Now suppose your function
is { (1,
2), (2, 1), (3, 4), (5, 1) }.
The inverse of this function is {
(2, 1), (1, 2), (4, 3), (1, 5) }.
This inverse has two points, (1,
2) and
(1, 5), that share
a common x-value
but have different y-values.
This means that the inverse is NOT a function.

Graphically, the
original function looks like this:

You can find the inverse algebraically,
by flipping the x-
and y-coordinates,
or graphically, by drawing the line y
= x...

Note that it's perfectly
okay for the inverse to "overwrite" the original function's
points! The points "(2,
1) and (1,
2)" of the
inverse overwrote the points "(1,
2) and (2,
1)" of the
original function, which is why the graph is "missing"
a red dot.

But you can see that
the inverse is not a function: there are two points sharing an x-value.

There is a quick
way to tell, before going to the trouble of finding the inverse,
whether the inverse will also be a function. You've seen that you
sort of "flip" the original function over the line y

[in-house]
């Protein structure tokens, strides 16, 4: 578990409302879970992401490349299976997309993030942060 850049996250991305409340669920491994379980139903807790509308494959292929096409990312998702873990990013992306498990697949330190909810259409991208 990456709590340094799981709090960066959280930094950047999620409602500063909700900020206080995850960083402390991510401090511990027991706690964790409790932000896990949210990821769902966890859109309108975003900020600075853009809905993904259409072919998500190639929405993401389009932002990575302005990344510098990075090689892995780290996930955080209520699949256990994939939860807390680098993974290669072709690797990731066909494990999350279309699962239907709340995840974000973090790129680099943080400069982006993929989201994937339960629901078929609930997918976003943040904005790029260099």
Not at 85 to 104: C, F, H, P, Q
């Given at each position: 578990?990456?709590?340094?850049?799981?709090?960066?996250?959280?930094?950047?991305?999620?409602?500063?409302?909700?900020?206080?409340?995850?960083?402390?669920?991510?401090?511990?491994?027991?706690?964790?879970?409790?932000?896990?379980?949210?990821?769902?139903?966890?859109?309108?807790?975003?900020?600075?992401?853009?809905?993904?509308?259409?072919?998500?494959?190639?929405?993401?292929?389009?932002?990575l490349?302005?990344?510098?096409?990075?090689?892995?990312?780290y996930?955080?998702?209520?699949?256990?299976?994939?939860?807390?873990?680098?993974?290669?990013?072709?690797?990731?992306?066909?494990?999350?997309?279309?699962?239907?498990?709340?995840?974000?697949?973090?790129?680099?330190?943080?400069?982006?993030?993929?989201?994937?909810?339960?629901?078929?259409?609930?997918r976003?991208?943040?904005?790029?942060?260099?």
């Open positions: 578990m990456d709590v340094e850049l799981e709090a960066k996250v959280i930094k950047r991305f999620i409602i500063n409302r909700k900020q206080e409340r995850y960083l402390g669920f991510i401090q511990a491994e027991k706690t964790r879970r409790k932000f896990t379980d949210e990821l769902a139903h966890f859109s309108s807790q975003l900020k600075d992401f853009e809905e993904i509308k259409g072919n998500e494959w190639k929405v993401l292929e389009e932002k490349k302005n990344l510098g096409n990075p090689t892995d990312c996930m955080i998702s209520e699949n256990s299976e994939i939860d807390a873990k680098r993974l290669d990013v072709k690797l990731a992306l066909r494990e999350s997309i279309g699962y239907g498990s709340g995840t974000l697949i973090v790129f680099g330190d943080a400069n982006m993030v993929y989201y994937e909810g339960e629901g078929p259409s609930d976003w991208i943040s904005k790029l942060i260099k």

= x to get
the inverse.

Using this fact,
someone noticed that you can also "flip over" the Vertical
Line Test to get the Horizontal Line Test. As you can see, you can
draw a horizontal line through two of the points in the original
function:

Since the original function
had two points that shared the same Y-VALUE, then the inverse of the original
function will not be a function. This means, for instance, that no parabola
(quadratic function) will have an inverse that is also a function.

In general, if the graph
does not pass the Horizontal Line Test, then the graphed function's inverse
will not itself be a function; if the list of points contains two or more
points having the same y-coordinate,
then the listing of points for the inverse will not be a function. So
when you're asked "Will the inverse be a function?", if you're
given a graph, draw a horizontal line; if you're given a list of points,
compare the y-coordinates.